Under Nevada law, when the facts are not in dispute, contract interpretation is a question of law. Lehrer McGovern Bovis, Inc. v. Bullock Insulation, Inc., ___ P.3d ___, 2008 WL 4790609, *8 (Nev. 2008) (en banc). Generally, the Court construes unambiguous contracts according to their plain language. Sheehan Sheehan v. Nelson Malley Co., 117 P.3d 219, 223-24 (Nev. 2005). A basic rule of contract interpretation is to give each word effect if possible. Musser v. Bank of Am., 964 P.2d 51, 54 (Nev. 1998). However, when interpreting a contract, "the court shall effectuate the intent of the parties, which may be determined in light of the surrounding circumstances if not clear from the contract itself."Sheehan, 117 P.3d at 224 (quotation omitted).
Here, the Limited Warranty states it "covers Coach REPAIRS to correct any malfunction occurring during the WARRANTY PERIOD." (Mot. to Dismiss (Doc. #63), at Ex. A to Ex. 1 at 1.) The warranty period extended from "the date the coach is delivered to the first retail purchaser and is valid for a period of 24 months regardless of mileage." (Id. (emphasis omitted).) Thus, by its plain language, the Limited Warranty covers only malfunctions which occur only during the 24-month warranty period. Although the SAC is not clear as to when the RV was delivered to the first retail purchaser, Plaintiffs do not contest that the 24 month period expired by the time the battery equalizer malfunctioned in May 2006. Because the malfunction occurred outside of the 24 month warranty period, Prevost did not breach the express warranty when the battery equalizer malfunctioned. Plaintiffs' breach of express warranty claims are therefore barred under the plain language of the express warranty.
Plaintiffs argue their express warranty claim is saved by the statute of limitations. However, because the warranty period had expired before the May 2006 fire, Prevost did not breach the warranty when the battery equalizer malfunctioned. Without a breach of the warranty, Plaintiffs had no cause of action that could accrue under the statute of limitations. The statute of limitations is therefore inapplicable.
Nevertheless, Plaintiffs argue that the breach of warranty "occurred" during the 24 month warranty period because the RV left Prevost with the defective battery equalizer. The Nevada Supreme Court has never addressed this issue specifically. However, the United States Court of Appeals for the Ninth Circuit, analyzing California law, affirmed the dismissal of express warranty claims because the repairs were made after the warranty period expired. Clemens v. DaimlerChrysler Corp., 534 F.3d 1017, 1023 (9th Cir. 2008). Although the plaintiff argued the defect in the head gasket existed before the warranty expired, the Court stated California applies the general rule "that an express warranty does not cover repairs made after the applicable time or mileage periods have elapsed." Id. at 1022-23 (quotation omitted). The Court summarized the rationale behind this rule:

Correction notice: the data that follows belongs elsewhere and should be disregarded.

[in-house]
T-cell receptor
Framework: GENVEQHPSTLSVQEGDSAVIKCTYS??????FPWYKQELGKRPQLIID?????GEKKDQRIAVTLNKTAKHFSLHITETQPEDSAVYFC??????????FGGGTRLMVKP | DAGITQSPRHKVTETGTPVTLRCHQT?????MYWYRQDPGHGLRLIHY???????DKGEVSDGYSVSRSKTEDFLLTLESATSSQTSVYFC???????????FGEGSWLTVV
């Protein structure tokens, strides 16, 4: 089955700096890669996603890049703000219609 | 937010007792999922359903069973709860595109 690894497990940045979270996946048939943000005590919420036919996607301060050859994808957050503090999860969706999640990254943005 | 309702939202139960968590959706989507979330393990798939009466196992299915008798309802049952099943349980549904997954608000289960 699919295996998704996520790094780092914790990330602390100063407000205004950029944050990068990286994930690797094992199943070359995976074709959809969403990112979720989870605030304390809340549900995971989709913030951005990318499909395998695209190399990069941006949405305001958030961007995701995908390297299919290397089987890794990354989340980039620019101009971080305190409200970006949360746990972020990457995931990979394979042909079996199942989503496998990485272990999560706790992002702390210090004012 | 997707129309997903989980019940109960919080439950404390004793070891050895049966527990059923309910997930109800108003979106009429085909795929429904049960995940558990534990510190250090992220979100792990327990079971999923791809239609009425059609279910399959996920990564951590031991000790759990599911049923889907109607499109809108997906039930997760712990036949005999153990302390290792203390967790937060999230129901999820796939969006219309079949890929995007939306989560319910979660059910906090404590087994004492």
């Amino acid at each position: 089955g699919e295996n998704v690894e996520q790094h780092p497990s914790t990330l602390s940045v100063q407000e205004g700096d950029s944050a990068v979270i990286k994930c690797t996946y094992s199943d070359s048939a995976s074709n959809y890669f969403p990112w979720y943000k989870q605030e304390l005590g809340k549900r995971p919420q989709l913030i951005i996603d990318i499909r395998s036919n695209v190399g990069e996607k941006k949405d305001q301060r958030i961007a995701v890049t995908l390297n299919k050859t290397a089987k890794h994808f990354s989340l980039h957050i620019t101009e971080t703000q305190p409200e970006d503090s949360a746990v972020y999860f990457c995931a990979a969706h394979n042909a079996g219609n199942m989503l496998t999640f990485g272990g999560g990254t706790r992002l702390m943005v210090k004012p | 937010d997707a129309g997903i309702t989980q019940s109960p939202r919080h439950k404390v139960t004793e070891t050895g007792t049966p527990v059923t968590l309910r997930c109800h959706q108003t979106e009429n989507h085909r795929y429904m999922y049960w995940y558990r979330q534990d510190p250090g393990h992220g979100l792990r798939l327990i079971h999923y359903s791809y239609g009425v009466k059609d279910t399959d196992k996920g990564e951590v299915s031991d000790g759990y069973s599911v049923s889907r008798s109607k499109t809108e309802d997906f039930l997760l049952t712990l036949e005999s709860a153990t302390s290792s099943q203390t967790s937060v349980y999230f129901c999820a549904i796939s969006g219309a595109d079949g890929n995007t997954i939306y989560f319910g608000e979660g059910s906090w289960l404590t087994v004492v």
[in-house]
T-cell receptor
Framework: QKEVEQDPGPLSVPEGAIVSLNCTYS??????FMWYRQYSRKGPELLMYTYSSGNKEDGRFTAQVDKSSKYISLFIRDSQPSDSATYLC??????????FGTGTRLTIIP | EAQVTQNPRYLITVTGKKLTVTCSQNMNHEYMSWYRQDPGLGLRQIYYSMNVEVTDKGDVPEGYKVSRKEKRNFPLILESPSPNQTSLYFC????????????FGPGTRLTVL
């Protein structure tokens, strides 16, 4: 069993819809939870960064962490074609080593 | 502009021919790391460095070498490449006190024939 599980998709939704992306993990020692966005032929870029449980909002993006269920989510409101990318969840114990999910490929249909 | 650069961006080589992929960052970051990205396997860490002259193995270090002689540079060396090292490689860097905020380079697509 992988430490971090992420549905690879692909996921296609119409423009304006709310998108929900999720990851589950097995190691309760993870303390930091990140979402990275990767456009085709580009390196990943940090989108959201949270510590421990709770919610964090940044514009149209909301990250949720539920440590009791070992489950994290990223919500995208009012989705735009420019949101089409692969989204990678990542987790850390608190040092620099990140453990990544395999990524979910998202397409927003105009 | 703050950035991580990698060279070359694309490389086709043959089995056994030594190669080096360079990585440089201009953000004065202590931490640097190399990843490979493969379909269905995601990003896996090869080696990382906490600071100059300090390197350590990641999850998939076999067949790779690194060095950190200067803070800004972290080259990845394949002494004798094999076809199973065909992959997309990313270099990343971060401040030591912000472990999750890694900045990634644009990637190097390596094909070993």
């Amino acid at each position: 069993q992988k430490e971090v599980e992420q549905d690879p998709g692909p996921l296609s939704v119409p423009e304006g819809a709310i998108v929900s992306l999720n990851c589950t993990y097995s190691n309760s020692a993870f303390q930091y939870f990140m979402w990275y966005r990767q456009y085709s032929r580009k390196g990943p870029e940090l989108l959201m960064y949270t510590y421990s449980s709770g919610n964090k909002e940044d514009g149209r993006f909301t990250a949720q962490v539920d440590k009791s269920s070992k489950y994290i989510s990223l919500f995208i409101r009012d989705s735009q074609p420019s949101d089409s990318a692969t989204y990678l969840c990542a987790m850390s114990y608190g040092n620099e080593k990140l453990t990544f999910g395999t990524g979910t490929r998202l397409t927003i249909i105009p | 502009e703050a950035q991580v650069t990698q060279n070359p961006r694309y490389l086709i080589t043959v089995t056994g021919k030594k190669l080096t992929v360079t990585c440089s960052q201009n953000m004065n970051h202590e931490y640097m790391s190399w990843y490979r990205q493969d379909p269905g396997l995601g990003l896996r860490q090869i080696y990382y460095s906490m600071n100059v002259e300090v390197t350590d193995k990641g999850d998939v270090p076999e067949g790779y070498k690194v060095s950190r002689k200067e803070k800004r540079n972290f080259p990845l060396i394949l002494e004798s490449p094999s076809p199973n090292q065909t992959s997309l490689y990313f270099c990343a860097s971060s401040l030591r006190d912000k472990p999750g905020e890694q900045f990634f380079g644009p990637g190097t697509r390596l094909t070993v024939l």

Every manufactured item is defective at the time of sale in the sense that it will not last forever; the flip-side of this original sin is the product's useful life. If a manufacturer determines that useful life and warrants the product for a lesser period of time, we can hardly say that the warranty is implicated when the item fails after the warranty period expires. The product has performed as expressly warranted. Claims regarding other buyer expectations and the manufacturer's state of mind properly sound in fraud and implied warranty.Id. at 1023; see also Dewey v. Volkswagen AG, 558 F. Supp. 2d 505, 518-19 (D.N.J. 2008) ("[T]he case law almost uniformly holds that time-limited warranties do not protect buyers against hidden defects which are typically not discovered until after the expiration of the warranty period." (quotation omitted)). The Court concludes Nevada would adopt a similar rule.
Under this rationale, Prevost's alleged breach of the Limited Warranty did not occur during the warranty period. The Limited Warranty expressly covered only those repairs that occurred within 24 months from the date the coach was delivered to the first retail purchaser. The battery equalizer therefore performed as expressly warranted because it malfunctioned only after the warranty period expired. The Court therefore grants Prevost's motion to dismiss count three as to express warranties.